'I have been here for some time, and have your letter forwarded from Hamburg. I go back to-morrow, and write a few words in haste.

'I should much like to visit you and to make the acquaintance of those whom I know pleasantly by name, otherwise I would say no. I will come and see how long I can afford to be idle.

'What shall I play? Beethoven or Mozart? C minor, A major, or G major? Advise!

'And for the second?—Schumann, Bach, or may I venture upon some new variations of my own?

'You, of course, will conduct my serenade. We have been playing my quartets a great deal here; I shall bring them with me and shall be glad if you and others approve of them.

'À propos! I must have an honorarium of 15 Louis-d'ors [about £14], with the stipulation that if I should play at Court I receive extra remuneration. I much need the money; pro sec. my time is valuable to me, and I do not willingly take concert engagements; if, however, this must be, then the other must also.'[94]

Dietrich had already had the pleasure of welcoming Frau Schumann and Joachim to Oldenburg during this his first season of activity there, and had worked well to prepare the way for Brahms, so that the evening of March 14, the date fixed for the composer's personal introduction to the concert-going public, was awaited with keen interest. Arriving at Dietrich's house a few days previously, Brahms found himself surrounded by new friends, and had won the favour of the[Pg 272] musical élite of the town before his public appearance, by playing several of his works in private circles. The members of the orchestra, who assembled en masse on the evening of the 13th, were excited to enthusiasm by his performance of the new Handel Variations and Fugue, and every condition that could insure a sympathetic reception for the hero of the 14th was fulfilled.

The concert opened with the D major Serenade (Op. 11), conducted by Dietrich, who had the delight of finding that he had secured an adequate reception for his friend's orchestral work.

'The whole made the most satisfactory impression, and carried the hearers away more and more, especially from the fourth movement onwards, and at the close the applause reached a pitch of enthusiasm not hitherto experienced here. The members of the orchestra, who had been studying the serenade for some time, showed their concurrence in the general approval by a lively flourish' (Oldenburger Zeitung).

No less satisfactory was the verdict of the audience on the performances of Beethoven's G major Concerto and Bach's Chromatic Fantasia, with which our composer came forward as pianist. His success was repeated at the chamber music concert of the 19th, when the sextet was performed by Court Concertmeister Engel and his colleagues. Both in public and private Brahms left endearing memories behind him.

'He was the most agreeable guest,' says Dietrich, 'always pleased, always good-humoured and satisfied, like a child with the children.

'He took the greatest pleasure in our happiness. He thought our modest lot enviable, and had his position then allowed him to establish a home of his own, perhaps this might have been the right moment, for he was attracted by a young girl who was often with us. One evening, when she and other guests had left, he said with quiet decision: "She pleases me; I should like to marry her; such a girl would make me, too, happy." He met many people at our house, and in small and large circles outside it, and everyone liked his earnest nature and his short and often humorous remarks.'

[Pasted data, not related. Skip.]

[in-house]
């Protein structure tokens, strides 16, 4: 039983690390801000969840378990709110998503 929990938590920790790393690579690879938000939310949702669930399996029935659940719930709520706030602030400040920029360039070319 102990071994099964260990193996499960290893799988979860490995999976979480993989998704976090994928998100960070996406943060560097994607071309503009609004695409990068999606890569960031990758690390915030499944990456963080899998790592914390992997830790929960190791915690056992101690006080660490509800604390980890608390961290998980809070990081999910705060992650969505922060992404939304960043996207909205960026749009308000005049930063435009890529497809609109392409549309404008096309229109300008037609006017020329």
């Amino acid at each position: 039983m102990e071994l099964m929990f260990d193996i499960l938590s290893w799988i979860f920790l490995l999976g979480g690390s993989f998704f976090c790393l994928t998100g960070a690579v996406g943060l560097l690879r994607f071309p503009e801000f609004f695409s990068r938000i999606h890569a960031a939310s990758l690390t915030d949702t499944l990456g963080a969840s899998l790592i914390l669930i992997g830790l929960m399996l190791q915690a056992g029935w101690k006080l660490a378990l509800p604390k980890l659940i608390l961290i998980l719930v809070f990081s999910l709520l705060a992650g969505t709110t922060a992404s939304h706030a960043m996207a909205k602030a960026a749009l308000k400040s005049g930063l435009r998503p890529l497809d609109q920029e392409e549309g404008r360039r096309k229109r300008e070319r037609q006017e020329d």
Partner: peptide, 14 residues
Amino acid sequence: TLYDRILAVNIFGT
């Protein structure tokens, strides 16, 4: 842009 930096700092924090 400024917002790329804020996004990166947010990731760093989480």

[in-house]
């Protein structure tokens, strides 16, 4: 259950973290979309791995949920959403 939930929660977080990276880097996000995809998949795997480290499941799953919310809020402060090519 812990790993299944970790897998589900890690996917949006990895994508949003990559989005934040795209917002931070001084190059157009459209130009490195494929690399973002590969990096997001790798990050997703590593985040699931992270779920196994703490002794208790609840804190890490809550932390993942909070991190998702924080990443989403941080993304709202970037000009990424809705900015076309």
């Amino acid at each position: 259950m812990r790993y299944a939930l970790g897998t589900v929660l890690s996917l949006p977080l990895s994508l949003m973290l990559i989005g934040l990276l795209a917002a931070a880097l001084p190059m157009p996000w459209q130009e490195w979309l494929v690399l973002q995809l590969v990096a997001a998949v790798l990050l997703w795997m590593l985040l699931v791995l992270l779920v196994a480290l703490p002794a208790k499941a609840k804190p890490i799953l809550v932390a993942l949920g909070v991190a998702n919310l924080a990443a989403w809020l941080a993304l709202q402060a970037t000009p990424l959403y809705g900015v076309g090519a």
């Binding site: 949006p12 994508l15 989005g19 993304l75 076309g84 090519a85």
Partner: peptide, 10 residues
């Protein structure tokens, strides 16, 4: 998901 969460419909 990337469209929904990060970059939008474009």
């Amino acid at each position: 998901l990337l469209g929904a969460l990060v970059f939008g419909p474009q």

[Pg 273]It is pleasant to have to record here that a few weeks before the events now described, New York, distinguished, as we have seen, by Mason's timely performance of the B major Trio in 1855, led the way a second time in connection with Brahms' career. In February, 1862, the first performance after publication of the second serenade took place there at a Philharmonic concert, and the occasion is doubly memorable as marking the earliest introduction of an orchestral work of Brahms to a public audience outside the cities of Hamburg, Hanover, and Leipzig. This early appreciation of the composer's genius in America has proved to have been neither accidental nor transitory. It grew steadily year by year with the general growth of interest in musical art, and his works, great and small, were welcomed as they appeared, and performed—often, it must be said, from pirated editions in the earlier days—with ever-increasing success. It has been impossible to ascertain the exact dates of first American performances. New York, the earliest centre in the United States for the cultivation of Brahms' music, was emulated later on, especially by Boston; and the famous Symphony Orchestra of this city has, since its foundation in 1881, performed each of the four symphonies, in Boston and in the course of numerous concert tours, at an average of forty concerts; whilst the two overtures, the concertos, and other large works, have been given with corresponding frequency.

The chamber music has been a special feature in the programmes of several concert-parties resident in various parts of the United States. Of these, special mention should be made of the Kneisel String Quartet of Boston, whose performances, familiar not only to American, but also to some of the circles of European music-lovers, were warmly appreciated by Brahms himself.

In the spring of 1862, an artistic tour undertaken in France by Frau Schumann laid the foundation of Brahms' reputation in Paris, which, little to be noted during many years, has of late been rapidly increasing. That the great pianist, when introducing her husband's works, which were[Pg 274] almost unknown to French audiences, had to confront the inevitable prejudice against what is new, explains the fact that Brahms' name did not appear in the programmes of her concerts at the Salle Erard. The efforts she made in the cause of his art, however, amongst the inmost musical circle of her acquaintance created an impression that was not entirely fleeting.